In June 2010, things changed when the operating permit for Rawlins's landfill expired. Rather than renew the permit, the Wyoming Department of Environmental Quality and Rawlins agreed to close and seal the landfill.[3] In December 2010, no longer able to accept garbage at its landfill, Rawlins entered an agreement with the City of Casper, Wyoming to use its landfill.[4] Then Rawlins expanded the facilities at its landfill to function as a transfer station to process garbage for transport to Casper. And in 2011, Rawlins began transporting garbage to Casper's landfill. In May 2012, the Rawlins City Council considered enacting a proposed flow-control ordinance, [5] requiring haulers to convey local garbage to Rawlins's transfer station. But the ordinance quickly failed.

         Aware of the problem with Rawlins's landfill, Dirty Boyz experimented with hauling garbage to landfills in Rock Springs, Wyoming, and Larimer County, Colorado. In February 2014, Dirty Boyz sought approval from the Carbon County Planning Commission and the Wyoming Department of Environmental Quality for the required permits to construct its own transfer station. Dirty Boyz decided to build its own transfer station so it could more cost-effectively collect and dispose of garbage. Rawlins charged a fee per ton of garbage conveyed to its transfer station. Once the garbage was received at Rawlins's transfer station, Rawlins processed the garbage, paid a contractor to transport it to Casper's landfill, and paid Casper a fee to use its landfill. The landfills in Rock Springs and Larimer County charged lower fees for disposal of garbage than Rawlins charged at its transfer station. Despite higher labor and fuel costs, it was more affordable for Dirty Boyz to transport garbage to Rock Springs or Larimer County than it was for Dirty Boyz to pay the fee charged at Rawlins's transfer station. Dirty Boyz planned to compact garbage at its transfer station and haul the garbage by semi-truck to a landfill in Larimer County. Because Larimer County's landfill charged by volume, not weight, compacting the garbage at its transfer station allowed Dirty Boyz to save additional money on disposal fees.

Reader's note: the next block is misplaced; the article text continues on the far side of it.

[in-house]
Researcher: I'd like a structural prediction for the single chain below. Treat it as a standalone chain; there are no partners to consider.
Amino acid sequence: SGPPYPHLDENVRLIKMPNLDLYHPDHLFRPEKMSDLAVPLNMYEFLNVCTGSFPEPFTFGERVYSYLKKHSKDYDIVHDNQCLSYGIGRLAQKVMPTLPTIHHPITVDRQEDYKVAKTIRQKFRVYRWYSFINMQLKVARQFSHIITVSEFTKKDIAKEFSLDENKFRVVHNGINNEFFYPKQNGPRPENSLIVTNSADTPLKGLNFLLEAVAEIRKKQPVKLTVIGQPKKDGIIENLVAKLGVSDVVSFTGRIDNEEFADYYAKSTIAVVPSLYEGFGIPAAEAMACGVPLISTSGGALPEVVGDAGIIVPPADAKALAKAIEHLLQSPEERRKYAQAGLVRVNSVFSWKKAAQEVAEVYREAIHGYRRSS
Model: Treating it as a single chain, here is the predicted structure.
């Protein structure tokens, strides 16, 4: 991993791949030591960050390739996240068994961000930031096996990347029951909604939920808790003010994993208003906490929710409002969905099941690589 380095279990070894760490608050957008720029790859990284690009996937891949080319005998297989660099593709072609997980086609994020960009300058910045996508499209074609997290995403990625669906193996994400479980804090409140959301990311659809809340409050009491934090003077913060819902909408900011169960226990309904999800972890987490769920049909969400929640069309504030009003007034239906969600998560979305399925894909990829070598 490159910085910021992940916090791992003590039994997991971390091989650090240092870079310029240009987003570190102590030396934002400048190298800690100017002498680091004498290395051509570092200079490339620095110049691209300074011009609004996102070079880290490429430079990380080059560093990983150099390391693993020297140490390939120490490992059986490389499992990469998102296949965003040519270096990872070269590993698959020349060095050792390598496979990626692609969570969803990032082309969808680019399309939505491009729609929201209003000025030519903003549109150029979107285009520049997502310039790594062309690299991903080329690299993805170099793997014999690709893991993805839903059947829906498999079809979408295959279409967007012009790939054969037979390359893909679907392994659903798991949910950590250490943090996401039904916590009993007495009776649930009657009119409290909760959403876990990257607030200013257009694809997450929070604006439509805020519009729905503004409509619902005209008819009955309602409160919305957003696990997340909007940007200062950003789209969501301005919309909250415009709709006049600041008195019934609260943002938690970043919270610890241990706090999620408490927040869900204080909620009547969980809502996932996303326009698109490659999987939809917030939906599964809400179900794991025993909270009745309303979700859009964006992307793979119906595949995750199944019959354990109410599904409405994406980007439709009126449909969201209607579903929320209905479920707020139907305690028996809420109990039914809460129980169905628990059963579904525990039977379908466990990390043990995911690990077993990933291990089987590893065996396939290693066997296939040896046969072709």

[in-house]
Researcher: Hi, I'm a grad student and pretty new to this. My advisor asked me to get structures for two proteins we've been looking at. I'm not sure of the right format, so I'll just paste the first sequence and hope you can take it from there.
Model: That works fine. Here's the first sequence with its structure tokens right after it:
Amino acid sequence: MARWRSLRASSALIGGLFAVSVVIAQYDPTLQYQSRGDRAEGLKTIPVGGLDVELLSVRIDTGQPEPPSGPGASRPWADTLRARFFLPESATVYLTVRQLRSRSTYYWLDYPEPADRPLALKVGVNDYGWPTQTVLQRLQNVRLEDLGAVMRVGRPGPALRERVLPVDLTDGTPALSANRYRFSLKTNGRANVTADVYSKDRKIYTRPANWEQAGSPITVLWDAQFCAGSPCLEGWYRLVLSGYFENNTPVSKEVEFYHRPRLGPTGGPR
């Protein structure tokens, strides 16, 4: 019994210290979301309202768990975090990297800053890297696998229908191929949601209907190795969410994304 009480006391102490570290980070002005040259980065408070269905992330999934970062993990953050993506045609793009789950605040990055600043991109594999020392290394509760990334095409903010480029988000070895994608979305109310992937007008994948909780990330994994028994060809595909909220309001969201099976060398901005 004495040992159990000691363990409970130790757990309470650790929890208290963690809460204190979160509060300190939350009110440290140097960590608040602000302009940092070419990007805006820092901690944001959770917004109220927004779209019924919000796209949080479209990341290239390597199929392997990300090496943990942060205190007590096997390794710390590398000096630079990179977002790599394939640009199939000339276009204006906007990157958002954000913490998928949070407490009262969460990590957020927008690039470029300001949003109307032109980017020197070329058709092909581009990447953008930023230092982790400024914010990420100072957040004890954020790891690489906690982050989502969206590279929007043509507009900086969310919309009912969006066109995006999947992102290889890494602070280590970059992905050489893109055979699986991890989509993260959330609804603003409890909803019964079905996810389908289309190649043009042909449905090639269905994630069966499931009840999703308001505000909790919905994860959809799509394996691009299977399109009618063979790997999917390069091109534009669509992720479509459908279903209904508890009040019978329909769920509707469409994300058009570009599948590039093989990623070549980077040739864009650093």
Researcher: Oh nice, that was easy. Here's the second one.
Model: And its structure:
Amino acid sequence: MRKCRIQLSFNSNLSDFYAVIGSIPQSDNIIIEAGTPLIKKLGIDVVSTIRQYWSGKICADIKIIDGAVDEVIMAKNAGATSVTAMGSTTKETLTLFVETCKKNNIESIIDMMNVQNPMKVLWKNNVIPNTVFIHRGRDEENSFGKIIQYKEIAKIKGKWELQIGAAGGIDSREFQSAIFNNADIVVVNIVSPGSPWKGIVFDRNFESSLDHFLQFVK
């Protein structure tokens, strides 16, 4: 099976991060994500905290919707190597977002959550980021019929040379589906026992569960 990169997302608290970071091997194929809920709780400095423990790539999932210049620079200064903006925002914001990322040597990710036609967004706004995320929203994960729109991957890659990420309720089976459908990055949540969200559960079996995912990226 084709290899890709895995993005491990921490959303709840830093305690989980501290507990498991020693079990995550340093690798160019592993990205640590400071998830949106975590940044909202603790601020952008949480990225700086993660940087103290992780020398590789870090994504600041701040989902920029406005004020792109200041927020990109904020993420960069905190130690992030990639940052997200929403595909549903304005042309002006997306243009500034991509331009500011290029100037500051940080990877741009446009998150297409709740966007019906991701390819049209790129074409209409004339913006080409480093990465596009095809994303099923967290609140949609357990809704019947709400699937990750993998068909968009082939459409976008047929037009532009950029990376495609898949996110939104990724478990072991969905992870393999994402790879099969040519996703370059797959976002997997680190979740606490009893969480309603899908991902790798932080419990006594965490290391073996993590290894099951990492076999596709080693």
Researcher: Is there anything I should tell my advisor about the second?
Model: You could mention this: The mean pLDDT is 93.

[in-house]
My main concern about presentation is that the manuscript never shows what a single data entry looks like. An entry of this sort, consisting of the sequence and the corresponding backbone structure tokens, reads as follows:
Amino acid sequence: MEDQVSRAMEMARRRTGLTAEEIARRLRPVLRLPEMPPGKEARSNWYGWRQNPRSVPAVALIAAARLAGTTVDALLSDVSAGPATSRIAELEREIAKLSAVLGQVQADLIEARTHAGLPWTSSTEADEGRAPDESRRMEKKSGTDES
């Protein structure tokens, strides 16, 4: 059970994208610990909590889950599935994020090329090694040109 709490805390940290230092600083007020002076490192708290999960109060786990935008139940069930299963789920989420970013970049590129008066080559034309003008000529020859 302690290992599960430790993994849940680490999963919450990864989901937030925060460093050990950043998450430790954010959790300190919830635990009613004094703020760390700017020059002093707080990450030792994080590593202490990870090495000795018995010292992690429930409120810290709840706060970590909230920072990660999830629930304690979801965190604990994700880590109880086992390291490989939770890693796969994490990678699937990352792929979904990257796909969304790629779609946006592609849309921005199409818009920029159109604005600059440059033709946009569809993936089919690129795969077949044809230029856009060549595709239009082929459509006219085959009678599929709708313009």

When Dirty Boyz applied for a permit to construct its own transfer station, it did so knowing of Rawlins's previous efforts to enact a flow-control ordinance. As mentioned, the earlier-proposed flow-control ordinance would have prohibited Dirty Boyz from using its own transfer station. In September 2014, the Rawlins city planner sent a letter to the Carbon County Planning Commission objecting to the permit for Dirty Boyz's transfer station because Rawlins's population could not support more than one transfer station. But in April 2015, Carbon County and the Wyoming Department of Environmental Quality approved the permit.